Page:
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Lighting company Zumtobel may be illuminating future ways of working with architects with a company-wide training scheme to ensure its sales force speaks 'architectural language'.

It's great to see manufacturers continuing to challenge specifiers' imaginations, as the glamorous range of products recently launched at the Salone del Mobile Euroluce lighting fair shows (pages 28-30). But what is equally vital is that product designers find new ways to get their architect friends on side, by helping and, more importantly, protecting their specification.

And that is precisely the adventure on which lighting company Zumtobel is about to embark. Under its new company-wide training scheme, all customer-facing staff will undergo a rigorous two to three year training course, comprising nine modules and at a cost to the company of up to £15,000 per person.

The golden egg, the qualification and title 'lighting solutions consultant', will apparently allow Zumtobel reps to speak an 'architectural language' to specifiers, thus making for better, more intelligent communication all around. And Zumtobel hopes the rewards may be more commercially quantifiable than simply that warm fuzzy feeling one gets from a job well done.

For example, part of one module involves the fi ner points of integrating interior lighting components with solar control by using sophisticated measuring devices, but all under the banner of lighting design.

The benefi ts of natural daylight in offices, healthcare buildings and schools have been proved time and again, so why not take this one step further?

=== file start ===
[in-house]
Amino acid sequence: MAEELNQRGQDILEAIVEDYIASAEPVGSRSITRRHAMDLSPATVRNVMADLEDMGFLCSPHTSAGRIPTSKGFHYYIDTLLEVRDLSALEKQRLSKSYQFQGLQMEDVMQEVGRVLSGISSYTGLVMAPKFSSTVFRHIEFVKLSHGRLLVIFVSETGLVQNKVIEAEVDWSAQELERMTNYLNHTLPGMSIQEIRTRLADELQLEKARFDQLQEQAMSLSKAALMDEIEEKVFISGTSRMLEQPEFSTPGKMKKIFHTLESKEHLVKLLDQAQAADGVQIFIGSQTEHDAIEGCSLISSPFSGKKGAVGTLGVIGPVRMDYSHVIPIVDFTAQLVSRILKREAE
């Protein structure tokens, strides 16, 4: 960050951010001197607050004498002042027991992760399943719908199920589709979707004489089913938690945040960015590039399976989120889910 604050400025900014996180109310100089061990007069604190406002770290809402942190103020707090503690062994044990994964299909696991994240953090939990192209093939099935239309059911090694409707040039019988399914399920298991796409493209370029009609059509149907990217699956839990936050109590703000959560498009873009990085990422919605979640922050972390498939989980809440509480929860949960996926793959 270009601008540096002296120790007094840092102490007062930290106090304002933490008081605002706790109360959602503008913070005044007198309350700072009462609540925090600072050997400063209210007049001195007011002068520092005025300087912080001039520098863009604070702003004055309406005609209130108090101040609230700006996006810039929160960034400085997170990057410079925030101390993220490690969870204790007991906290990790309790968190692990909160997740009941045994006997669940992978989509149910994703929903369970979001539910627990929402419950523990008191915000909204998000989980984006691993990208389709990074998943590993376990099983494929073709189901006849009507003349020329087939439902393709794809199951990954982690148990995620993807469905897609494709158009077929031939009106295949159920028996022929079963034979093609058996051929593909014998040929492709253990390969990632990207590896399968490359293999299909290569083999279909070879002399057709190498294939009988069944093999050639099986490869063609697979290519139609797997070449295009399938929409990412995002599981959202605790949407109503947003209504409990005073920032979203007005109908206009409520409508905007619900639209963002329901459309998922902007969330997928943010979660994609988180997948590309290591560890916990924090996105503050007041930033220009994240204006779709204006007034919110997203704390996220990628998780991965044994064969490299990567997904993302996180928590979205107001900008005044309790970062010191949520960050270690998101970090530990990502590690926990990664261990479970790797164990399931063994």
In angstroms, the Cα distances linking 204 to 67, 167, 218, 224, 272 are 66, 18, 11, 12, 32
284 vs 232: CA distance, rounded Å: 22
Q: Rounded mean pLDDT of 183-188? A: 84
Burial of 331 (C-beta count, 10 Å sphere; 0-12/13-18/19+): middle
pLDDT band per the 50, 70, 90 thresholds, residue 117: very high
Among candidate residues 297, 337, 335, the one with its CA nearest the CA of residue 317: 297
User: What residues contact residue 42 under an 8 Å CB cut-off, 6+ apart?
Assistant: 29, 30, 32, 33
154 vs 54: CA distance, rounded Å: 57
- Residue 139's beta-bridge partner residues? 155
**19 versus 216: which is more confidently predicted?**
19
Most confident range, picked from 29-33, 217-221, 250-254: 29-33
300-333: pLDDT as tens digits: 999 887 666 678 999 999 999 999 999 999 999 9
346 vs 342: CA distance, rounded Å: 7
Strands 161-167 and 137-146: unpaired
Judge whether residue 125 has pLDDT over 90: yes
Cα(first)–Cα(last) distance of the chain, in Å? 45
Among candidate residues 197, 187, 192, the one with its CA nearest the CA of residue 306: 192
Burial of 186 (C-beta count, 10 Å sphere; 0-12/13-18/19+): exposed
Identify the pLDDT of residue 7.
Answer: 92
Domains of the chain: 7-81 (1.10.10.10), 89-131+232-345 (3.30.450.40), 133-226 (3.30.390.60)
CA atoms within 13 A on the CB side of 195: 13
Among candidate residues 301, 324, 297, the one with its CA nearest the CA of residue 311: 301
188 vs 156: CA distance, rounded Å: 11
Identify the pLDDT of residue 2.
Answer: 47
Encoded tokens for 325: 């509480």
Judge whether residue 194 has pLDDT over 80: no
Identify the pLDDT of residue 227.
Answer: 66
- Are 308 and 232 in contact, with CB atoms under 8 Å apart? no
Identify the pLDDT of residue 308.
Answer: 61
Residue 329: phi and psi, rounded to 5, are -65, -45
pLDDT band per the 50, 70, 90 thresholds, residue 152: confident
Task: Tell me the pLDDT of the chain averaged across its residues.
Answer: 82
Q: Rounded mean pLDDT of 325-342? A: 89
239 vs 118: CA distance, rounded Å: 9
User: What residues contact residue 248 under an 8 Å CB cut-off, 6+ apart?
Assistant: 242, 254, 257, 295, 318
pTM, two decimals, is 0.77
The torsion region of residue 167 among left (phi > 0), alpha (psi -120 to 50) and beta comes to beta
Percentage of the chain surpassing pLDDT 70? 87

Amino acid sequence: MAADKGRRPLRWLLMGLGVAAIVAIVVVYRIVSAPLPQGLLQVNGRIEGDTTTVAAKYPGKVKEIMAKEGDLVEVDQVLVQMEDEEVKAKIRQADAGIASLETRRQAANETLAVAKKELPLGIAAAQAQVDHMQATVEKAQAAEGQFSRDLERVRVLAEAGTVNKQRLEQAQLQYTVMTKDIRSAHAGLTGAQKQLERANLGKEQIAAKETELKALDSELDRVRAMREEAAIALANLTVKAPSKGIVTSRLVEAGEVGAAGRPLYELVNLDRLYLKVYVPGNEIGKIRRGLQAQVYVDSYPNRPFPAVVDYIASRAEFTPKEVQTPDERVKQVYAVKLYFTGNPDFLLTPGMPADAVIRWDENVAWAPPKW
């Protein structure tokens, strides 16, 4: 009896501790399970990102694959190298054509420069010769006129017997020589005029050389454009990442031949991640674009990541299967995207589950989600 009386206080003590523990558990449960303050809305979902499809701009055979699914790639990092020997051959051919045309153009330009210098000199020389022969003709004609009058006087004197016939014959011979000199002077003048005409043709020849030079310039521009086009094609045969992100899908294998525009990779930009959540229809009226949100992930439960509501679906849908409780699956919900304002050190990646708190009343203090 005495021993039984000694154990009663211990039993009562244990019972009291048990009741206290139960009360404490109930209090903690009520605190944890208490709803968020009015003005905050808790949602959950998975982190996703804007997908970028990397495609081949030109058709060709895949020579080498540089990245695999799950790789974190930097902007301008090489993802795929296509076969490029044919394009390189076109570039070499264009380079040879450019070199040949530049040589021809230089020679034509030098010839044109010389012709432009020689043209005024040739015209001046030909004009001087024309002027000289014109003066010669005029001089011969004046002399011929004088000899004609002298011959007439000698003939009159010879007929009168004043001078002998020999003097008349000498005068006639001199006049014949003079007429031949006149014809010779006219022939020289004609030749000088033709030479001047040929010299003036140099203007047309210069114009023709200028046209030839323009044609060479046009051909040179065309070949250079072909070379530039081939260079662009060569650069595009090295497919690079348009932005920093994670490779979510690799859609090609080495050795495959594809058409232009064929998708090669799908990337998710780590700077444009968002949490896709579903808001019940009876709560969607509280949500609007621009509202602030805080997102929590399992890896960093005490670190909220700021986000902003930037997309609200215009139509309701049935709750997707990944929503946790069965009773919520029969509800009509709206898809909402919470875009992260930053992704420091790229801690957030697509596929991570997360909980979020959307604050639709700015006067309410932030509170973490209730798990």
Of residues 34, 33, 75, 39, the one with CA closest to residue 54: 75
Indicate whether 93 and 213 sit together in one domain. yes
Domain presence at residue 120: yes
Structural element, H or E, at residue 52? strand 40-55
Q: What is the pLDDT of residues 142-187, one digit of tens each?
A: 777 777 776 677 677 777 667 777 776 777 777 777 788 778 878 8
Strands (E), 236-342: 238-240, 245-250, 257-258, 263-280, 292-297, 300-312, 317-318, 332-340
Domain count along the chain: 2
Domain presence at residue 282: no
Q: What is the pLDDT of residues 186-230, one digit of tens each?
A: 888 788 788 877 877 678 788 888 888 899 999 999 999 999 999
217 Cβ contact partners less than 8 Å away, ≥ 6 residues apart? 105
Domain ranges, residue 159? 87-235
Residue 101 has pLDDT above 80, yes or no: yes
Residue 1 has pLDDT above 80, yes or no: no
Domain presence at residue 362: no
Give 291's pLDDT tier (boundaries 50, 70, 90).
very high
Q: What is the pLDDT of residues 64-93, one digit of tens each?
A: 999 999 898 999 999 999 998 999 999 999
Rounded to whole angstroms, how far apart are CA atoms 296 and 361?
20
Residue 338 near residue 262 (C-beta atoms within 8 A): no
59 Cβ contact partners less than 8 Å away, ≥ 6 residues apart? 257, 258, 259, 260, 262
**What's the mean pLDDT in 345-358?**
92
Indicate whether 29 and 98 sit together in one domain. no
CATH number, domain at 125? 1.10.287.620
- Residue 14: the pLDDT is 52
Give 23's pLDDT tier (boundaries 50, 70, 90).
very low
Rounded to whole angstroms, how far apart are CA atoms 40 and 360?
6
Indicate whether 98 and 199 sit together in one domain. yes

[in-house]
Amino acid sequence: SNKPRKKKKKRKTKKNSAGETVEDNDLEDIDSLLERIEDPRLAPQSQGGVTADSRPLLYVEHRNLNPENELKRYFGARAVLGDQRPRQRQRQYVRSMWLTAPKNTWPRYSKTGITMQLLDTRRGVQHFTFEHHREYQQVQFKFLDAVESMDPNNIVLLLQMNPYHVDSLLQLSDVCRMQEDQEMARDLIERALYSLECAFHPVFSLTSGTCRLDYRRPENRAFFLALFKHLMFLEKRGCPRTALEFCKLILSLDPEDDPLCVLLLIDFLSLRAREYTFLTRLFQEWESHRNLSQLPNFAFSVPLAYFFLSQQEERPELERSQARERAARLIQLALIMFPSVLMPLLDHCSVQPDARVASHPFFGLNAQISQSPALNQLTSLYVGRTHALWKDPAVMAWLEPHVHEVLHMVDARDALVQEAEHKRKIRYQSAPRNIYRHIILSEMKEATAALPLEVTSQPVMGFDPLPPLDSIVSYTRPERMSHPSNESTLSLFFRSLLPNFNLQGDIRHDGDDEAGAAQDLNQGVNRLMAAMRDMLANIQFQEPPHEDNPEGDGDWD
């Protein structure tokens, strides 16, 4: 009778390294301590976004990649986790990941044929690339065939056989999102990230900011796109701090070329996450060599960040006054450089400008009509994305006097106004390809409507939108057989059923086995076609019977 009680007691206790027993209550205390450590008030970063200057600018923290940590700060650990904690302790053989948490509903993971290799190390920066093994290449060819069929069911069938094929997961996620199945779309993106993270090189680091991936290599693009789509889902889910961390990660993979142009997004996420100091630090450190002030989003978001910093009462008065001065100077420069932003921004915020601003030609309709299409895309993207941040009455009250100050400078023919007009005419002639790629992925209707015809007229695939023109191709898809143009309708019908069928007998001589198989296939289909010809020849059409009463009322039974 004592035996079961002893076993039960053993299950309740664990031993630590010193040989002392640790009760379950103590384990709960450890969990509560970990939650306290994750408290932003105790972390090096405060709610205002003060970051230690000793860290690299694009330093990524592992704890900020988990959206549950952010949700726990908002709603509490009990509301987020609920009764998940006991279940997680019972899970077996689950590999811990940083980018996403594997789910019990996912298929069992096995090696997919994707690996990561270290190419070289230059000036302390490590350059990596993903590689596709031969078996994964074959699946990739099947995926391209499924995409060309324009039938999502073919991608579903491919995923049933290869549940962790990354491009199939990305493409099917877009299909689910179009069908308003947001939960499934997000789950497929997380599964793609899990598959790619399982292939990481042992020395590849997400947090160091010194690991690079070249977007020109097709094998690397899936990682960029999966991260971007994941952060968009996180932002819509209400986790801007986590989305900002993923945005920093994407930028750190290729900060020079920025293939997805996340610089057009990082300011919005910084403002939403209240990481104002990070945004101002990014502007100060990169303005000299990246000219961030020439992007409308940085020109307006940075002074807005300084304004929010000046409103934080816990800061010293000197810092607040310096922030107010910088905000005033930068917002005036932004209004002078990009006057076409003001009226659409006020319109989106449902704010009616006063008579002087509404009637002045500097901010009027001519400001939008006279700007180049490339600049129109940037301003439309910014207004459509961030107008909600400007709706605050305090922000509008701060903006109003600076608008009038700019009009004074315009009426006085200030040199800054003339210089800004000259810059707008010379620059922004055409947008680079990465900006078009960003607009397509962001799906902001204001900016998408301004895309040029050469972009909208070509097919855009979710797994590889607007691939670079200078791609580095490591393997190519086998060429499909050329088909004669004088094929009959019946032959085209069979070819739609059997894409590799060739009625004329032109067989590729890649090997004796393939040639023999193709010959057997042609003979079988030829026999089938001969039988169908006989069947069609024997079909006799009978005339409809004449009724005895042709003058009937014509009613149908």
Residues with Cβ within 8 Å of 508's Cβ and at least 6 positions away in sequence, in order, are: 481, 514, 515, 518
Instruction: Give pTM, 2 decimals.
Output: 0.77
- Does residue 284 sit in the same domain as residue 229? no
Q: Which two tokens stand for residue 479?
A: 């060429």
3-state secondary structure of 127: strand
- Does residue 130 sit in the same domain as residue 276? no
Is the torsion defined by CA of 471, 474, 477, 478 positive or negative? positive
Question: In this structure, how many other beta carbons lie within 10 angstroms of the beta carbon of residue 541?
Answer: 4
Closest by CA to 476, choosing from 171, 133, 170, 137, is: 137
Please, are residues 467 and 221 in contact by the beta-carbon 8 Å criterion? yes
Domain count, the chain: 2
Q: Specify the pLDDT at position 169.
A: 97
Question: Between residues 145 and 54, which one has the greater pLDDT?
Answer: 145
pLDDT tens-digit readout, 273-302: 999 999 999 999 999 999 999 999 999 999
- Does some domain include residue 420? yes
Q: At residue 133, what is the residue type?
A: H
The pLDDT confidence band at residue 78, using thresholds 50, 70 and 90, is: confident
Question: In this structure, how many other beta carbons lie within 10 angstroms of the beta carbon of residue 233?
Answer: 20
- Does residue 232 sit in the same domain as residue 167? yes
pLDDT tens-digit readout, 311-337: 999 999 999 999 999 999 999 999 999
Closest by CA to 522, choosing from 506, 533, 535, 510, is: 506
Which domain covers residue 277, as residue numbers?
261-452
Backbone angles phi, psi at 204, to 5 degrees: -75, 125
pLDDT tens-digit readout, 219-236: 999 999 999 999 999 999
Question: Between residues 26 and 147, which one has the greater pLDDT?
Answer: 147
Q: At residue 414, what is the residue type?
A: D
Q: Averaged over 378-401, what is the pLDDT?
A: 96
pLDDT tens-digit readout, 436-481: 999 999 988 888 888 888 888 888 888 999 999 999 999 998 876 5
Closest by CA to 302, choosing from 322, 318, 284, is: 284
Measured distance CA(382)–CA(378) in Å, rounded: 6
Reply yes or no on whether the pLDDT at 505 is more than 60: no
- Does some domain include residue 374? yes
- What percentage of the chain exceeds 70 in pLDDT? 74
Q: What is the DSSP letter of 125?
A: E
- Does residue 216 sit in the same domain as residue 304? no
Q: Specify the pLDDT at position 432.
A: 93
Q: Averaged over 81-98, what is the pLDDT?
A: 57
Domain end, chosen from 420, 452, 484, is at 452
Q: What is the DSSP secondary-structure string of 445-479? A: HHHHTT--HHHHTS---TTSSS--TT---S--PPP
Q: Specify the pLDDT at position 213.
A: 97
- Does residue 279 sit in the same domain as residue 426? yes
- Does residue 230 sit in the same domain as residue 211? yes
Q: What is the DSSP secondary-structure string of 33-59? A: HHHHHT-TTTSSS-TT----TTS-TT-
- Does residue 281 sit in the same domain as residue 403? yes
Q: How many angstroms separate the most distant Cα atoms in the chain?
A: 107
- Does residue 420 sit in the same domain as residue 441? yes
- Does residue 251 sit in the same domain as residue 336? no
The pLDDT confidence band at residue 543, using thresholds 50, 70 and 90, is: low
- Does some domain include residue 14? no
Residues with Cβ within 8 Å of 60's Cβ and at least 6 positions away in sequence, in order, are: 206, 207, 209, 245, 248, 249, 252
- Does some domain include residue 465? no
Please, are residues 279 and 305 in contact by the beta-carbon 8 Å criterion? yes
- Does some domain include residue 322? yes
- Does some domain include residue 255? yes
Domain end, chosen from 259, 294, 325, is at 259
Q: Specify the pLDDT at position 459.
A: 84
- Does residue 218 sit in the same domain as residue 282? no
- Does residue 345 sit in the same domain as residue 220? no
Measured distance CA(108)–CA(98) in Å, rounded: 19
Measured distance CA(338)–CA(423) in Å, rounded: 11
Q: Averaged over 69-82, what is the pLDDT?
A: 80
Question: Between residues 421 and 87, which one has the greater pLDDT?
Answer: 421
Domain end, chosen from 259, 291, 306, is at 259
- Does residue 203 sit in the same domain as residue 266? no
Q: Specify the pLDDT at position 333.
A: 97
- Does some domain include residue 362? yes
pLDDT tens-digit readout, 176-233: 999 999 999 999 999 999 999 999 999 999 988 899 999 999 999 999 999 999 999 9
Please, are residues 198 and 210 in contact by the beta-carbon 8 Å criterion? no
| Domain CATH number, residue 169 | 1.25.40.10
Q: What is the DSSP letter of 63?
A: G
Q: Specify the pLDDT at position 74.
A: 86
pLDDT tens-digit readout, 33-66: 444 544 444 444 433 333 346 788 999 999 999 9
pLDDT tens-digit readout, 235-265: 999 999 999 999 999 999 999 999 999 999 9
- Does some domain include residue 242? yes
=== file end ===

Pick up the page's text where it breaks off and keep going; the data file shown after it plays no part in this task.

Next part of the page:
An intelligent control system could monitor the level of light entering a building and activate blinds and artificial lighting accordingly. Add automatic temperature-change detection and natural ventilation and your sustainable building could essentially run itself - a possibility that Zumtobel will talk to its customers about in more depth than it does at present.

The other carrot for both manufacturers and architects is that, if all the elements are integrated, it may be more difficult for a contractor to break the specification of individual products - an interesting proposition with the growth of design-and-build projects.

In the future, there may be scope for training to move outside, with companies like Zumtobel offering architectural customers specific qualifications across a number of areas. But that certainly won't make the role of the lighting designer redundant. In our Lighting theme on pages 19-26, Jonathan Morrish looks at how lighting schemes are borrowing heavily from the theatre environment to create dramatic effects, inside and out. It's a whole new level of complexity and one for which there is no substitute for the lighting designer's expertise.

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